The long-simmering internal debate over political violence in Islamic cultures is swelling, with seminars like that one and a raft of newspaper columns breaking previous taboos by suggesting that the problem lies in the way Islam is being interpreted. On Saturday in Morocco, a major conference, attended by Secretary of State Colin L. Powell, will focus on increasing democracy and liberal principles in the Muslim world.
On one side of the discussion sit mostly secular intellectuals horrified by the gore joined by those ordinary Muslims dismayed by the ever more bloody image of Islam around the world. They are determined to find a way to wrestle the faith back from extremists. Basically the liberals seek to dilute what they criticize as the clerical monopoly on disseminating interpretations of the sacred texts.
Arrayed against them are powerful religious institutions like Al Azhar University, prominent clerics and a whole different class of scholars who argue that Islam is under assault by the West. Fighting back with any means possible is the sole defense available to a weaker victim, they say.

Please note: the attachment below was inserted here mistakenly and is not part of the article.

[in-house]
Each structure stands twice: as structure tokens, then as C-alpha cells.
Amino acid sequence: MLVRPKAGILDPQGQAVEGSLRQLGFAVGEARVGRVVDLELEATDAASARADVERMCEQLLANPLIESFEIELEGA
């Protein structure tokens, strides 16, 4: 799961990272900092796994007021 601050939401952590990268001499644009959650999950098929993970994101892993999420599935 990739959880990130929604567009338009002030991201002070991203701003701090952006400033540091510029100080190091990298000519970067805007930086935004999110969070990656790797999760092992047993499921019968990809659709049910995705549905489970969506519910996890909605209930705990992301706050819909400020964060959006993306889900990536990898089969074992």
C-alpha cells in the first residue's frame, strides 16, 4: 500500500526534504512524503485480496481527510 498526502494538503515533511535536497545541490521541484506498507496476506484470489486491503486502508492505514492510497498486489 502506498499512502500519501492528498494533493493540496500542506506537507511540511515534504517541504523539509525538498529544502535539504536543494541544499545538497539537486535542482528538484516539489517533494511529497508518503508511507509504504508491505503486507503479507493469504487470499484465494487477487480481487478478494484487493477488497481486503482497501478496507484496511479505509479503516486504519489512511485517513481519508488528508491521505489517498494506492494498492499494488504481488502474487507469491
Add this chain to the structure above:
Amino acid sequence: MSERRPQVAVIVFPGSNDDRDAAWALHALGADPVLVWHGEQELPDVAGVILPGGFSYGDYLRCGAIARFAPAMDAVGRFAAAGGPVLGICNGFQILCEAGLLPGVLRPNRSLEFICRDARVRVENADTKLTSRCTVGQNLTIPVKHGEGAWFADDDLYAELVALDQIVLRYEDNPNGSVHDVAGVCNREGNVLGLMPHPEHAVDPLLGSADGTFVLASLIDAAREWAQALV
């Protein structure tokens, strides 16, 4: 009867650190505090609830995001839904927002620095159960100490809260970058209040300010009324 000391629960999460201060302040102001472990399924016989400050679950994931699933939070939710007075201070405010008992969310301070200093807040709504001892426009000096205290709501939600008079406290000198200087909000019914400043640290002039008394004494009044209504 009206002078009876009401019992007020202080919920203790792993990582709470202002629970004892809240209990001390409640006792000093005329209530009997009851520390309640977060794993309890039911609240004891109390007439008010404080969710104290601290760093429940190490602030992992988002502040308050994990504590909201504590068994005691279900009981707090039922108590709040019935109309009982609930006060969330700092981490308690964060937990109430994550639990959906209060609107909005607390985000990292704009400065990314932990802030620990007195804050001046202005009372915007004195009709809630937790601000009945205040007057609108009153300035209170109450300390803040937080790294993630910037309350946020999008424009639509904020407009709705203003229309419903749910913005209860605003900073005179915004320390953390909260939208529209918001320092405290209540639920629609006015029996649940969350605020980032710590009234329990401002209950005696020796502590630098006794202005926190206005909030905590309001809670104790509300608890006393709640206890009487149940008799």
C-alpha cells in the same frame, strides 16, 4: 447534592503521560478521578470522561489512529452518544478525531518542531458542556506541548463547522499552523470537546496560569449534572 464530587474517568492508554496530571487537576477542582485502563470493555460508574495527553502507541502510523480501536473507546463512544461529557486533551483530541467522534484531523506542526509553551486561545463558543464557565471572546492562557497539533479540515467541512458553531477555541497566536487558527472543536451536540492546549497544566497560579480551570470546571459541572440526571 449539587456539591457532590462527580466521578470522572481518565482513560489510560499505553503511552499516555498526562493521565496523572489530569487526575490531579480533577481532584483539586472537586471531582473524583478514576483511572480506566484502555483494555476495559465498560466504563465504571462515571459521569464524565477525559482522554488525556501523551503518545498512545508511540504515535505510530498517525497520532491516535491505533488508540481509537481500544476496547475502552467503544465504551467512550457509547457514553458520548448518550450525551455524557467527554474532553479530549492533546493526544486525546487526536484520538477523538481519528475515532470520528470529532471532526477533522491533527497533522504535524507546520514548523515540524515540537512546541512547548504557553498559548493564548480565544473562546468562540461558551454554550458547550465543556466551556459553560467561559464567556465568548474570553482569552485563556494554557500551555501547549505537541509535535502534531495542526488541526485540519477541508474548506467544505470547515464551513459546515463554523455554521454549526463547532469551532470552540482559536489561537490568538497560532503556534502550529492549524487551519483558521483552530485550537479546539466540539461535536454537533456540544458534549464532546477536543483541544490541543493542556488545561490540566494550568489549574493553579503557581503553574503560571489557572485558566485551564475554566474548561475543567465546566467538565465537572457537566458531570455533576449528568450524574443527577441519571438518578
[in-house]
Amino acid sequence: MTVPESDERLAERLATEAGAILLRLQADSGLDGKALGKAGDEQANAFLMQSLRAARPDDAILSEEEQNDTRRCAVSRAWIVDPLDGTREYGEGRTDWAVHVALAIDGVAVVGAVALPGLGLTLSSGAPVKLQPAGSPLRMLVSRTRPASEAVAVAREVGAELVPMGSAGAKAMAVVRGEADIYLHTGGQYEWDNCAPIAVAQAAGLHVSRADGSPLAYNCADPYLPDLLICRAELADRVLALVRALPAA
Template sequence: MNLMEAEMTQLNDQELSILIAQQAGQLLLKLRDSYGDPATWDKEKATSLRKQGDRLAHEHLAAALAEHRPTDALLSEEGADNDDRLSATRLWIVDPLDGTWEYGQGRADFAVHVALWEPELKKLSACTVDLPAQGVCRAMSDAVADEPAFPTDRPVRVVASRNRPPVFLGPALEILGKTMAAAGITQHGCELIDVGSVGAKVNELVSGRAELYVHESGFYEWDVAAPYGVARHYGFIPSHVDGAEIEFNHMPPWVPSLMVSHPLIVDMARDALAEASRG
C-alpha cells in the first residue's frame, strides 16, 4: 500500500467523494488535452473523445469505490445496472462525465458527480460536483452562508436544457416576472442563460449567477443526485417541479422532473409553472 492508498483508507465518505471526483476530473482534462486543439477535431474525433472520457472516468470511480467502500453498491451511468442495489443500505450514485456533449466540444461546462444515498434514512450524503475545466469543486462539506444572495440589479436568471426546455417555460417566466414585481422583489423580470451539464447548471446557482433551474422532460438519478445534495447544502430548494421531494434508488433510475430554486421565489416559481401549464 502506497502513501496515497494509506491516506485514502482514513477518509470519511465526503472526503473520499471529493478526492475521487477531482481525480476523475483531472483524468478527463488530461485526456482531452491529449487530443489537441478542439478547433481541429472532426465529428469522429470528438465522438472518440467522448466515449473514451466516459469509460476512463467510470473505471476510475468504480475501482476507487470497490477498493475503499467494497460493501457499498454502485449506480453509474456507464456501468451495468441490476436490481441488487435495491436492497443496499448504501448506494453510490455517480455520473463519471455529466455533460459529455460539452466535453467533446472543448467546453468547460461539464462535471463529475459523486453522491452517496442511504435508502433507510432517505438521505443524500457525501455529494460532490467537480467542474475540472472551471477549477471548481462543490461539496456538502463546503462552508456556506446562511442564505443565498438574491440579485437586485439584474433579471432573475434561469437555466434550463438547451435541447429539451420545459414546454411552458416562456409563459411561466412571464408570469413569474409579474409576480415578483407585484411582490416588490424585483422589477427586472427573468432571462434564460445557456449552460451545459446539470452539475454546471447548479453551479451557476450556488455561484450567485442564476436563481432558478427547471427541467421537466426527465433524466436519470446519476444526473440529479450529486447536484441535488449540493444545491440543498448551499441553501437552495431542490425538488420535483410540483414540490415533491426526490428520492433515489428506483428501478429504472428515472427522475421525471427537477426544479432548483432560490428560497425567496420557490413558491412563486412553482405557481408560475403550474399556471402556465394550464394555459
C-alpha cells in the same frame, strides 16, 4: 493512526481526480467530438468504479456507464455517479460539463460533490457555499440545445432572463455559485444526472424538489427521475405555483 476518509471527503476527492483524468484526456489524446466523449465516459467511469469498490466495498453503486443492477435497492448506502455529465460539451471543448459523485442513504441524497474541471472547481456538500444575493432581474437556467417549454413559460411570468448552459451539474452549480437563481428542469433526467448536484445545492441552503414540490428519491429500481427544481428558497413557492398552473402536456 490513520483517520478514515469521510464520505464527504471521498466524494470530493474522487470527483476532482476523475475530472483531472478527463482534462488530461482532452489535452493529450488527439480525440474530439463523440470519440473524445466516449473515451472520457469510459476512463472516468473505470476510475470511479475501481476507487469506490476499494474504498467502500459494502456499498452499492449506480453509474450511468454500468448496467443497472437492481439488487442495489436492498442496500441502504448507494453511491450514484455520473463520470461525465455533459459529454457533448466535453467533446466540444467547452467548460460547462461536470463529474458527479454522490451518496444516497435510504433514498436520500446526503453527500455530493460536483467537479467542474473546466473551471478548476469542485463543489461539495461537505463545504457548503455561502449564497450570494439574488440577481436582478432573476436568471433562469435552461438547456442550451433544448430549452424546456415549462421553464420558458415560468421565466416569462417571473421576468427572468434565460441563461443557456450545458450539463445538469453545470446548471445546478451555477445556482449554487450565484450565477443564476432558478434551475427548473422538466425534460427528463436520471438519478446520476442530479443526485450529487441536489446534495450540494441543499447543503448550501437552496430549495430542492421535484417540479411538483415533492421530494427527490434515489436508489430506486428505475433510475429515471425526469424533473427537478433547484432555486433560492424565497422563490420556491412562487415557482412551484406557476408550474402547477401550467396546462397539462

The debate, which can be heard in the Middle East, North Africa and South Asia, is driven primarily by carnage in Iraq. The hellish stream of images of American soldiers attacking mosques and other targets are juxtaposed with those of Abu Musab al-Zarqawi beheading civilian victims on his home videos as a Koranic verse including the line "Smite at their necks" scrolls underneath.
I don't think that this debate is essentially about the Iraq war or provoked by it -- that's just a subset of it, and perhaps a distracting one considering that from an Arab (and international) standpoint the war was after illegal. There are, for instance, organizations in Italy (old-style communists mostly) who are encouraging the Iraqi insurgency as legitimate resistance.
But the problem to a deeper rethinking about the liturgy of Islam has more to do with a fossilized and increasingly irrelevant institutionalized Islam such as that of Al Azhar.